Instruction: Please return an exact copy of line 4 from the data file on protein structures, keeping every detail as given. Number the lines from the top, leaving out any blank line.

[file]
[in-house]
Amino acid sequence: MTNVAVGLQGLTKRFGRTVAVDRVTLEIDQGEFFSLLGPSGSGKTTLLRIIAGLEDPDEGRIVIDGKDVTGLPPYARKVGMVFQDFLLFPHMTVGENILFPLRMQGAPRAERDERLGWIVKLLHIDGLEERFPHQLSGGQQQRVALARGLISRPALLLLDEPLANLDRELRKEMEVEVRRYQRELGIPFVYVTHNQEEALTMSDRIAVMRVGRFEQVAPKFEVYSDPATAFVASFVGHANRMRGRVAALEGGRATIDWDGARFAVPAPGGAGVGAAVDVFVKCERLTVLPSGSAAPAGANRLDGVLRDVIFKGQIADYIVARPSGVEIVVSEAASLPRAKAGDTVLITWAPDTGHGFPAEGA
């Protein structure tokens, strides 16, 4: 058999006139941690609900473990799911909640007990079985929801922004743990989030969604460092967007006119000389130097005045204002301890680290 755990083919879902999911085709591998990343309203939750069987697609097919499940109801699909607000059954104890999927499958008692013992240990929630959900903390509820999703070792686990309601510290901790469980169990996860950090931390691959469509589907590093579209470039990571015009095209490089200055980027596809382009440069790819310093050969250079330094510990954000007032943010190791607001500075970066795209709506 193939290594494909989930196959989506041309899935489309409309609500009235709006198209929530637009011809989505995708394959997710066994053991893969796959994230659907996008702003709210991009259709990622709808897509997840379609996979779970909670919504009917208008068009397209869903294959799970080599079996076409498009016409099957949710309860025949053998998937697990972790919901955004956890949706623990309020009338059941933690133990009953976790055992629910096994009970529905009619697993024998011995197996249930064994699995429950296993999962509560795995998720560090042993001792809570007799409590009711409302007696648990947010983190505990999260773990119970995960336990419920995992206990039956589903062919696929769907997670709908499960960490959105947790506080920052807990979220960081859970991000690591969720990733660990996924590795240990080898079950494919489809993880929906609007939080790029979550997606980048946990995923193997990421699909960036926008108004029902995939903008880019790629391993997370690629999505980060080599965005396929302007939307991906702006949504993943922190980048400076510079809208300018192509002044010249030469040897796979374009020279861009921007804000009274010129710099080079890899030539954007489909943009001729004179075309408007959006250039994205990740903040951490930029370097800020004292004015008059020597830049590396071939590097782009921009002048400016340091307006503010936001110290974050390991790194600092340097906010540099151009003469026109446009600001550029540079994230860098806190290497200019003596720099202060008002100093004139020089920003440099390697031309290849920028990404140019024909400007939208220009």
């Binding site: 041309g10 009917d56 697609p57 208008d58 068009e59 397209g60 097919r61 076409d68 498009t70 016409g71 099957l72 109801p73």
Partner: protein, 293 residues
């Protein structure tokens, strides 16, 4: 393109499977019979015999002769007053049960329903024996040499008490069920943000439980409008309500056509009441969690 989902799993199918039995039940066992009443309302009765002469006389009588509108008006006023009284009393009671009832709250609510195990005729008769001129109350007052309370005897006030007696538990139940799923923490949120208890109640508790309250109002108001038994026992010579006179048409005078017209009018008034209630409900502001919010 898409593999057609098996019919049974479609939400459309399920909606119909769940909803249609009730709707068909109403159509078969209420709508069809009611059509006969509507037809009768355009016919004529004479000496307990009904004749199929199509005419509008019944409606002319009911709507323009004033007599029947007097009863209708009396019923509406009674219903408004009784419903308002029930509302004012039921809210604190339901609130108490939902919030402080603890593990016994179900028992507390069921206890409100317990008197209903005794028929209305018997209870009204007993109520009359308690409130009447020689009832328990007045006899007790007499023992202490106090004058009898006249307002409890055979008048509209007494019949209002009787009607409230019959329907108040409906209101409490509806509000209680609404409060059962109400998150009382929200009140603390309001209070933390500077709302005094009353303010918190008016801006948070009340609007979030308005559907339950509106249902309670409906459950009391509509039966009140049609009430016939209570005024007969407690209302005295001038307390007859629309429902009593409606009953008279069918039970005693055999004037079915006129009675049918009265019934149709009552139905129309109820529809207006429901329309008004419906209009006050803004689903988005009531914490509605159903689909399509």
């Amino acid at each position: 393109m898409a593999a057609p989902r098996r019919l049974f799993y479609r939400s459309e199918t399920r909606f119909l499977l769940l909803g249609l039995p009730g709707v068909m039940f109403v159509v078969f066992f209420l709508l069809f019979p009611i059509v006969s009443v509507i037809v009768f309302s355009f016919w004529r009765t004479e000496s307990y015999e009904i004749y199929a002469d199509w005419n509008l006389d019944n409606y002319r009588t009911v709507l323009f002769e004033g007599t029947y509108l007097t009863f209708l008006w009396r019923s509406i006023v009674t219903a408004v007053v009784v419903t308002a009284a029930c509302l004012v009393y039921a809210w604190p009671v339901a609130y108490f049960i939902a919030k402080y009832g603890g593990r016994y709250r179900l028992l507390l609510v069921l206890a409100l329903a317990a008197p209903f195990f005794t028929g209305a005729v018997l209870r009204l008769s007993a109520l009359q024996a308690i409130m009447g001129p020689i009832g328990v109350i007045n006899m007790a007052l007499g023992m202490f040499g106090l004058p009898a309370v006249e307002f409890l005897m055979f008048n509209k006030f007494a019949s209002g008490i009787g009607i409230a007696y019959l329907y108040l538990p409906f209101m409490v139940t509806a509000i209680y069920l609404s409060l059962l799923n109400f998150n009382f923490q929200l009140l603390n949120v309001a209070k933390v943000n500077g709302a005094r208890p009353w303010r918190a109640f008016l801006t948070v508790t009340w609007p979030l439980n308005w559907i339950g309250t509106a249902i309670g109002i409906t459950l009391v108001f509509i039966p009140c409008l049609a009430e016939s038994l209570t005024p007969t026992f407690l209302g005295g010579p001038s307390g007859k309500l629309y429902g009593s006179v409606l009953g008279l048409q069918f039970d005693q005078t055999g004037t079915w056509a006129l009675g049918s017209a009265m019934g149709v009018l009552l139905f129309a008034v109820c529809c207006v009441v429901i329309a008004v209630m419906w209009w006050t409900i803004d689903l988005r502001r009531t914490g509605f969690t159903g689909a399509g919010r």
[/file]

């Binding site: 041309g10 009917d56 697609p57 208008d58 068009e59 397209g60 097919r61 076409d68 498009t70 016409g71 099957l72 109801p73």